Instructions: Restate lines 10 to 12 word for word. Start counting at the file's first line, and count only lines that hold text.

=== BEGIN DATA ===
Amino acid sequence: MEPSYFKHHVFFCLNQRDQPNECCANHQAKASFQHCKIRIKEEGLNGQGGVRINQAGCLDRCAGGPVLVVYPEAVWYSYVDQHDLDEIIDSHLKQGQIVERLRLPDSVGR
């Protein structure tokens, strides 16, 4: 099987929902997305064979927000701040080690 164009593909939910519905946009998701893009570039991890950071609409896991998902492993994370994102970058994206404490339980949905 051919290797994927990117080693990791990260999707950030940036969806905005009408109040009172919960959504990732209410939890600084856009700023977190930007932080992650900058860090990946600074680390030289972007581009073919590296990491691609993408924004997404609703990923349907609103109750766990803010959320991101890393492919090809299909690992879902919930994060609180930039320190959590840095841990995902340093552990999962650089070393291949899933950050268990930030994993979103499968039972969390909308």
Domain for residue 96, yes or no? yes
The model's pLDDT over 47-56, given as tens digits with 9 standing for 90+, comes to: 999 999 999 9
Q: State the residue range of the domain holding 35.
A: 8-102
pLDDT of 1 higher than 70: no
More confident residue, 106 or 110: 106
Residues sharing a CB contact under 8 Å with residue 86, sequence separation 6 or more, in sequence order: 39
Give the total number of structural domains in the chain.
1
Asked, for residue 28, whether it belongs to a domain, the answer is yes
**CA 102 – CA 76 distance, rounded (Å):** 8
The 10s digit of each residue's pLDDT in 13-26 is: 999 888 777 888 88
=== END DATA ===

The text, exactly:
Give the total number of structural domains in the chain.
1
Asked, for residue 28, whether it belongs to a domain, the answer is yes